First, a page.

The Ciccillo Matarazzo Pavilion, headquarters of the Bienal de São Paulo Foundation since 1957, is the stage of one of the world’s most important art exhibitions: the Bienal de São Paulo. Designed by the architect Oscar Niemeyer, the pavilion is a heritage-listed building (compresp, condephaat and iphan) under trust to the Bienal Foundation through a loan-for-use agreement with City Hall.
The pavilion is located inside the Ibirapuera Park: inaugurated in 1954 for the 400th anniversary of the city, with buildings designed by famous architect Oscar Niemeyer and landscape by agronomist Otávio Agusto de Teixeira Mendes, the park covers an area of almost 2 square kilometres (0.77 sq mi).
A crucial aspect of the 31st Bienal is the way the Ciccillo Matarazzo Pavilion is understood as divided into different areas, each with its own architectural logic and particular qualities. The ground floor is called Park, and is connected and opened up to the surrounding landscape, to become a space for reception, events and meetings.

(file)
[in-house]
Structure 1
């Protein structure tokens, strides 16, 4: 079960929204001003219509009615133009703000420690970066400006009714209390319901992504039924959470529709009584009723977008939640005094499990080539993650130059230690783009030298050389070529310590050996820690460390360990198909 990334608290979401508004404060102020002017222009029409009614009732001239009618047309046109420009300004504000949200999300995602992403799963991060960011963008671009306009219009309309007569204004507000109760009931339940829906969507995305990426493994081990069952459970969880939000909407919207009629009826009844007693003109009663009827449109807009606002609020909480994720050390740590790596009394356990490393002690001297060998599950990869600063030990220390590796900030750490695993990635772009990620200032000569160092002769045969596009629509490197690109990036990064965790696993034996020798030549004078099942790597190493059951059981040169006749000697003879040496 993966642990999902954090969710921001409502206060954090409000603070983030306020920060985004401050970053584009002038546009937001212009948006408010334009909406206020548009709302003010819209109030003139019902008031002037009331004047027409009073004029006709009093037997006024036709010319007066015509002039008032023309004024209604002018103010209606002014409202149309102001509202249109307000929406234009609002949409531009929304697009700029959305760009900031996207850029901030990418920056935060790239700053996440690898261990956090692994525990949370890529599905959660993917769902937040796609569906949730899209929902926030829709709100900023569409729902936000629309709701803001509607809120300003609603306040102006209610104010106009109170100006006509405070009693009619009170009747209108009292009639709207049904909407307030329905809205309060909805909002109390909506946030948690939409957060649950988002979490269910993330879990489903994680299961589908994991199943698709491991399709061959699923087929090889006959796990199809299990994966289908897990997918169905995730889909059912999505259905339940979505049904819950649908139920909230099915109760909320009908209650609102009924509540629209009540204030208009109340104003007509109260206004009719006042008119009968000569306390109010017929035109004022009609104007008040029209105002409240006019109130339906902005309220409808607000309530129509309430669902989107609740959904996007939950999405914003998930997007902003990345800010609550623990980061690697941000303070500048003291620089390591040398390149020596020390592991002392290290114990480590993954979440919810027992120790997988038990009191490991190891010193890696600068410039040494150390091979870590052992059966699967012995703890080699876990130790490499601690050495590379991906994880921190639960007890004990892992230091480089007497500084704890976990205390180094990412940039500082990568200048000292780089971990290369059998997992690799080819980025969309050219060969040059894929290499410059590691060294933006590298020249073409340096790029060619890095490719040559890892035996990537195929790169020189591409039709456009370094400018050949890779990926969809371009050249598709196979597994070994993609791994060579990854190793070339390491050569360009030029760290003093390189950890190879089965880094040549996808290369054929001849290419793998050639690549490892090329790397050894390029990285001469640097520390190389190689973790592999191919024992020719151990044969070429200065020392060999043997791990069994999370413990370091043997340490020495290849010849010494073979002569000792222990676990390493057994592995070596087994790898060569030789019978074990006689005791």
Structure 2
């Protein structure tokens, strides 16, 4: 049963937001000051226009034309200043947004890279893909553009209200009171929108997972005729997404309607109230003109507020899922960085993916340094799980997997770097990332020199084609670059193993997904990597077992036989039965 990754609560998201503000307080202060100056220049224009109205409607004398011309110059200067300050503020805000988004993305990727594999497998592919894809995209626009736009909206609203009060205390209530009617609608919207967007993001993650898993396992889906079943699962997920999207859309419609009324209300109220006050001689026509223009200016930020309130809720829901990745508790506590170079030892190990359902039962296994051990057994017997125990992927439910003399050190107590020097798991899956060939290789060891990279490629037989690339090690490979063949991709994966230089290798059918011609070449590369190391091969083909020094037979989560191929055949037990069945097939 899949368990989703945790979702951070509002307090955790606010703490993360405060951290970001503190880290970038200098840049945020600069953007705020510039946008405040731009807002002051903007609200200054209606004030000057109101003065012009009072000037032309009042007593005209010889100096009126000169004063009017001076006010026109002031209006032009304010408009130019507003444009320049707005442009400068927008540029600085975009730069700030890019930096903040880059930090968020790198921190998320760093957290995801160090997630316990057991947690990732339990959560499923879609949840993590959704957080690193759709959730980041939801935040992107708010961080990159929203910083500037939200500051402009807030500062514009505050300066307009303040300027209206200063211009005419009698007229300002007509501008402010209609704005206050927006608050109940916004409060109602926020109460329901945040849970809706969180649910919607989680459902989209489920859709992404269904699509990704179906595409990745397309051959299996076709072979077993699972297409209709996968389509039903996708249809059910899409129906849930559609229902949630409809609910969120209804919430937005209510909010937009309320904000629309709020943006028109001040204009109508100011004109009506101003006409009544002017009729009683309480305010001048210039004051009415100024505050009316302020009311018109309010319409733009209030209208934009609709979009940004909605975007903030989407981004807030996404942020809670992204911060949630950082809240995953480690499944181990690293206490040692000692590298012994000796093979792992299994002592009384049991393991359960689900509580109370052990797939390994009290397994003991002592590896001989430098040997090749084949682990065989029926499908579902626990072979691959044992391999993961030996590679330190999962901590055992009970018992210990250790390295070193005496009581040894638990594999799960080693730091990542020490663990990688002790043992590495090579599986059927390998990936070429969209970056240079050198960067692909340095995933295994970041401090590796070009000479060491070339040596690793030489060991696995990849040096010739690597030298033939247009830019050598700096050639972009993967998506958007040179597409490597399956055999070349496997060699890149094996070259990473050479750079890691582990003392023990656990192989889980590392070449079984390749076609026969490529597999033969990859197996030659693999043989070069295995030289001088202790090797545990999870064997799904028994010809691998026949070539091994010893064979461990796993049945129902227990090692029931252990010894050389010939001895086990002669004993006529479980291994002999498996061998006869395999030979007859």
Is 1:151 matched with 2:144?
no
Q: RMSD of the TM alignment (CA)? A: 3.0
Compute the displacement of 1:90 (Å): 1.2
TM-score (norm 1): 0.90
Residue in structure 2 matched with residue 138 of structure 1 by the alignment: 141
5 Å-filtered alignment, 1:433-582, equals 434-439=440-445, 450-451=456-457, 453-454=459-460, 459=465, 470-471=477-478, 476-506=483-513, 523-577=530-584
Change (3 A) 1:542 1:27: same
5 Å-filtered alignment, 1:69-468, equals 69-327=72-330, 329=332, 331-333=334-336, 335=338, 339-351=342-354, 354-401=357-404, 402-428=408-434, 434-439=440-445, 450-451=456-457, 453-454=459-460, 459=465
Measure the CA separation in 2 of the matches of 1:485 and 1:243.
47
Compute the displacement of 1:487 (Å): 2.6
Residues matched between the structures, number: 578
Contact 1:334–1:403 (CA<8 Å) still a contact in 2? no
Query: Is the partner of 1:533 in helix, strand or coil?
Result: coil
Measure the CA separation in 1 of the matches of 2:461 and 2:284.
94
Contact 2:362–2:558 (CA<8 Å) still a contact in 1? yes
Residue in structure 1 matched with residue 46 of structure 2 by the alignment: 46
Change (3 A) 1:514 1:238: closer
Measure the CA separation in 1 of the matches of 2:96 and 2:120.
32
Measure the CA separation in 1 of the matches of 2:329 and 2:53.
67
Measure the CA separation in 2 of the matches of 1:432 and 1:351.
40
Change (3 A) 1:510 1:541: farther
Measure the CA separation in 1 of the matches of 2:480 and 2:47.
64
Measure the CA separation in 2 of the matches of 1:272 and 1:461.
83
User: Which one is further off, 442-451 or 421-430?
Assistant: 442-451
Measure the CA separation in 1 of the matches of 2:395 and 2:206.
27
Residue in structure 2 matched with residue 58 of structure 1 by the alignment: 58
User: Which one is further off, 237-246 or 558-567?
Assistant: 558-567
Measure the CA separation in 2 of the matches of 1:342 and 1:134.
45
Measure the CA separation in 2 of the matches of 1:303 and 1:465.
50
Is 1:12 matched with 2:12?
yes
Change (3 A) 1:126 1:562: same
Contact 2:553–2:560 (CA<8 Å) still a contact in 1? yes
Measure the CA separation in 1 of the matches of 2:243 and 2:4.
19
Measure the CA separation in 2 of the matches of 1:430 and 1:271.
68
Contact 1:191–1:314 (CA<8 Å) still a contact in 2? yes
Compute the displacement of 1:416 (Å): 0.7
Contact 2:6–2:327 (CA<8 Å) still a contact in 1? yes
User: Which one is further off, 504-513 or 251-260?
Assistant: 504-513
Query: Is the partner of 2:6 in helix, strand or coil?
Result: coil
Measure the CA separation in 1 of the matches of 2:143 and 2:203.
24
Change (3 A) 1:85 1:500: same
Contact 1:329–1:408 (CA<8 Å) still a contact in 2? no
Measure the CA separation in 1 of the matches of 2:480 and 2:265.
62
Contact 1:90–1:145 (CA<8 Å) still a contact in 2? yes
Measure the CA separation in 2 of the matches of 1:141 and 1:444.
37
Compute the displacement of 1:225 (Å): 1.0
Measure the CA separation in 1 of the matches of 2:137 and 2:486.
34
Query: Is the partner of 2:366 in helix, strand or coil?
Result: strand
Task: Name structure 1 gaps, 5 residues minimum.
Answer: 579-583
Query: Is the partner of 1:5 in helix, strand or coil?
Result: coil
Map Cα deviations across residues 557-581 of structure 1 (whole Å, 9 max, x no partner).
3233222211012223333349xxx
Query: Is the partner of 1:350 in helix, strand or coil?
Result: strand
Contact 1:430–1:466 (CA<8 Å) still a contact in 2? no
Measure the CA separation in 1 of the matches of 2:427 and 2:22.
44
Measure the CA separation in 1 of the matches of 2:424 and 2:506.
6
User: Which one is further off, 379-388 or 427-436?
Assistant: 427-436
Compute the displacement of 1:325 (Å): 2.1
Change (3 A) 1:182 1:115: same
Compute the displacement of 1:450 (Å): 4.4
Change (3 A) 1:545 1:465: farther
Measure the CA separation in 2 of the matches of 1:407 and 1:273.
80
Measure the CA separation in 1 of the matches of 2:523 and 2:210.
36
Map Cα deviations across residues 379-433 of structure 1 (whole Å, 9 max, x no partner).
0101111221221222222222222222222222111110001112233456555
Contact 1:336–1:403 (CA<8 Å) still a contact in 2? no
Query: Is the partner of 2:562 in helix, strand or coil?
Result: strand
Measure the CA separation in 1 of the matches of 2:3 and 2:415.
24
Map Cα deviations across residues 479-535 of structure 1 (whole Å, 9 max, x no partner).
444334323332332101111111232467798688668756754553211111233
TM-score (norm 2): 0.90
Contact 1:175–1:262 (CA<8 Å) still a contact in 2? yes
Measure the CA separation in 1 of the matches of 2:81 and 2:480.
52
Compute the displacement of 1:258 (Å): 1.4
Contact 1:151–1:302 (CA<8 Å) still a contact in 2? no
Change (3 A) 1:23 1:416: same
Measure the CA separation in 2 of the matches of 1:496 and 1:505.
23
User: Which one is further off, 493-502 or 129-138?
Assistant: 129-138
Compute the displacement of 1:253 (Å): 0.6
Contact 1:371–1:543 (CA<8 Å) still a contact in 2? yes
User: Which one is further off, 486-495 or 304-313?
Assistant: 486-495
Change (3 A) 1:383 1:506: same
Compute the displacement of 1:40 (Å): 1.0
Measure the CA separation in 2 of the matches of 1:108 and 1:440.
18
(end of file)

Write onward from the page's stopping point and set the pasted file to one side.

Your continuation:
The Ramp adapts to the verticality and the circulation of the pavilion’s main access route (the ramp) to create a series of curvaceous spaces linked by a monumental spiral. Here, the artworks and projects are shown without enclosing rooms, and are related to each other both vertically and horizontally.
The Columns articulates the largest continuous space of the pavilion on the second floor, dividing it into densities with areas of light and shadow, or sound and silence, that create an interplay of experiences.
A small, central area isolates some singular artistic statements and the three different areas from each other.